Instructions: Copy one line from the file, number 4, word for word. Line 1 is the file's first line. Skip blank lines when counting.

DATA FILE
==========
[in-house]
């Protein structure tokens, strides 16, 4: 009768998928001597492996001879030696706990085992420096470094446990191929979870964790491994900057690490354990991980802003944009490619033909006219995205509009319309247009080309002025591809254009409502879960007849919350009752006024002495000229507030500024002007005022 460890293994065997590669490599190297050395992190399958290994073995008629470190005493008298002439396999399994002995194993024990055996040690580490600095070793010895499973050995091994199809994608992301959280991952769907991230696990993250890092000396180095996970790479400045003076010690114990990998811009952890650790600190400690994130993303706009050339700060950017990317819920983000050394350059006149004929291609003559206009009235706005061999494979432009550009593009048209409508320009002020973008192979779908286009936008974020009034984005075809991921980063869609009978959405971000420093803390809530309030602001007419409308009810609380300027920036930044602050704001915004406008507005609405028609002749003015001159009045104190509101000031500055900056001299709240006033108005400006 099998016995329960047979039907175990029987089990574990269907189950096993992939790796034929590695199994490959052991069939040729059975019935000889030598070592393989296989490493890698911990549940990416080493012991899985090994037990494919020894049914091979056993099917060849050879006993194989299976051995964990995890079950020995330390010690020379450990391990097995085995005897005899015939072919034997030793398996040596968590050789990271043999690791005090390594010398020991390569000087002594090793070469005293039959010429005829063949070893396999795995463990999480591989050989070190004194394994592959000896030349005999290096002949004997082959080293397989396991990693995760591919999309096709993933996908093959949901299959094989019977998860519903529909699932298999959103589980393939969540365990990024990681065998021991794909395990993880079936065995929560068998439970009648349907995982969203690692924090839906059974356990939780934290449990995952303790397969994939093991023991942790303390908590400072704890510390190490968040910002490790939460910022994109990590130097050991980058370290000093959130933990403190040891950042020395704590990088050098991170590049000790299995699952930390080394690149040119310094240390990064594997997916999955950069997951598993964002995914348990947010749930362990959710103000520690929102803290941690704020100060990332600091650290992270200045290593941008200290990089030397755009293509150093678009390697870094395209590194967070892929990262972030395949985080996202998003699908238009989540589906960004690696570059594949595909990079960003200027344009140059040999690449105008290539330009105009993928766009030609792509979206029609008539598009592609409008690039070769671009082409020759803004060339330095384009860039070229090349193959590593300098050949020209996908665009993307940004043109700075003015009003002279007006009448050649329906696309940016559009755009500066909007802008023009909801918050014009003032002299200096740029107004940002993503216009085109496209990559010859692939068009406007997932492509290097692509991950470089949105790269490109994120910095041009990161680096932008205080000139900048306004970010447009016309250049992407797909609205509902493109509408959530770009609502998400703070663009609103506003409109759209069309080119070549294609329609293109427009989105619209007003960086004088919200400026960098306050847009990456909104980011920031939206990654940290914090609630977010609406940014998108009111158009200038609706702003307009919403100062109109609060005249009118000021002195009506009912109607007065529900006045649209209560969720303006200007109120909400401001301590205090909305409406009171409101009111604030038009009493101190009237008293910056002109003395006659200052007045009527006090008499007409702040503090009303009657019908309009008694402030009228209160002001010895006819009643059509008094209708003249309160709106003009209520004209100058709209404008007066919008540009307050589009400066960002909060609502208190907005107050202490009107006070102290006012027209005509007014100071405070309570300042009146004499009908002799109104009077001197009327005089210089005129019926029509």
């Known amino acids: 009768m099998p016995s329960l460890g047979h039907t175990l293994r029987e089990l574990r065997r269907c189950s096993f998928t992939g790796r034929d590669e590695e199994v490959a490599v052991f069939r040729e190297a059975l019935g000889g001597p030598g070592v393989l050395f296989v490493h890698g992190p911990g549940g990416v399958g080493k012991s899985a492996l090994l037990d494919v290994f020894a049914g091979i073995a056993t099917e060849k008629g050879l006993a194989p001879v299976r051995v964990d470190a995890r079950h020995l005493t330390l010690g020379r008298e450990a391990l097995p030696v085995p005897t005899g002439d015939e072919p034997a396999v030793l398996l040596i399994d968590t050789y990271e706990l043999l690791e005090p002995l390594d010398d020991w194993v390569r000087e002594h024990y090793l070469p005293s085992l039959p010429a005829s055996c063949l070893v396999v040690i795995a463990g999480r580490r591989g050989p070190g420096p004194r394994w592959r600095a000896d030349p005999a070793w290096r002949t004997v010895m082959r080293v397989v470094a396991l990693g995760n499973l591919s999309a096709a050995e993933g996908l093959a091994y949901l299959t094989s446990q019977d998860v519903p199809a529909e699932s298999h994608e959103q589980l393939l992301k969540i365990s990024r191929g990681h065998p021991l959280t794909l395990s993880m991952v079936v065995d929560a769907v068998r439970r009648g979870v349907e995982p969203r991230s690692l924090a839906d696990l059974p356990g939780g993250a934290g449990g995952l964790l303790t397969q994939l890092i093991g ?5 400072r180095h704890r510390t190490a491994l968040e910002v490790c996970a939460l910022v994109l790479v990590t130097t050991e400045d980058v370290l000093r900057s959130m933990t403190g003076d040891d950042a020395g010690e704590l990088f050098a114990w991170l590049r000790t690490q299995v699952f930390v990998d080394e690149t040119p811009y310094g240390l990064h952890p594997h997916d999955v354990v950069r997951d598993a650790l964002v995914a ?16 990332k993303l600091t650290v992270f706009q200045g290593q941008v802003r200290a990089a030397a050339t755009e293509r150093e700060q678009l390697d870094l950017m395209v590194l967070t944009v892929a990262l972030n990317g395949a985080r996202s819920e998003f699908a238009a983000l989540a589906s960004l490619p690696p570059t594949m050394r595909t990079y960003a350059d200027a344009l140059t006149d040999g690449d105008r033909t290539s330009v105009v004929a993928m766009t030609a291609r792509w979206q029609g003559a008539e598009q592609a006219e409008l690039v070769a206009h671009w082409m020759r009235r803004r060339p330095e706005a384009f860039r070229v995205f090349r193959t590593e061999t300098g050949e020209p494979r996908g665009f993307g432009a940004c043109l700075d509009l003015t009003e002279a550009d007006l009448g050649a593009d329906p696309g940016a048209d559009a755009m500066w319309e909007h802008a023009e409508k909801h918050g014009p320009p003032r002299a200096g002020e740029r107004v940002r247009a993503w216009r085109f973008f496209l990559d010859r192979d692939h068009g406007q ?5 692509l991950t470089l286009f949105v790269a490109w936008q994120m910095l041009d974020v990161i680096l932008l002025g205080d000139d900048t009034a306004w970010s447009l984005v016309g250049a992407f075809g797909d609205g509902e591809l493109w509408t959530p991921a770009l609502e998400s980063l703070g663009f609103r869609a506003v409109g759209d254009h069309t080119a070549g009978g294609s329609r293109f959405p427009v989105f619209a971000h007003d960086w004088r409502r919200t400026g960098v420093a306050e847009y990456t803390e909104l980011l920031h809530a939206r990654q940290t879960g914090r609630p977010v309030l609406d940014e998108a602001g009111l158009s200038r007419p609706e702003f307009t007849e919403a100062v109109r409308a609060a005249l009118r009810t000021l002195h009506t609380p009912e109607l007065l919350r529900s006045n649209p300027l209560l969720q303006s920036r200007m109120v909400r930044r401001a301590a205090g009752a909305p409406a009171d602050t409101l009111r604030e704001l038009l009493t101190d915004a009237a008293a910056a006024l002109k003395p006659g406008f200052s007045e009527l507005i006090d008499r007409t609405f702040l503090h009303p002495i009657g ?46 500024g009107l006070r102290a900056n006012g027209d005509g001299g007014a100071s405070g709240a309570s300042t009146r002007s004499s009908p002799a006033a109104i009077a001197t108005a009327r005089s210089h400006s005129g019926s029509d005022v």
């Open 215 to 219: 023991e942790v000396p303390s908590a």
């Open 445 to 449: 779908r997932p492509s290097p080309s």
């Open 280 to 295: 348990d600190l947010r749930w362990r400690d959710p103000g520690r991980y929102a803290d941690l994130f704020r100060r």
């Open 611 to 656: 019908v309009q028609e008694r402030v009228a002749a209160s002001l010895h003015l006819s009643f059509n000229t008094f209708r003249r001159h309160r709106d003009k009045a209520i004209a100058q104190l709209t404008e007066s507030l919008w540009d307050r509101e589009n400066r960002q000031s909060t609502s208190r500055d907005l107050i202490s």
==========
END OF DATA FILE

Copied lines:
């Open 215 to 219: 023991e942790v000396p303390s908590a």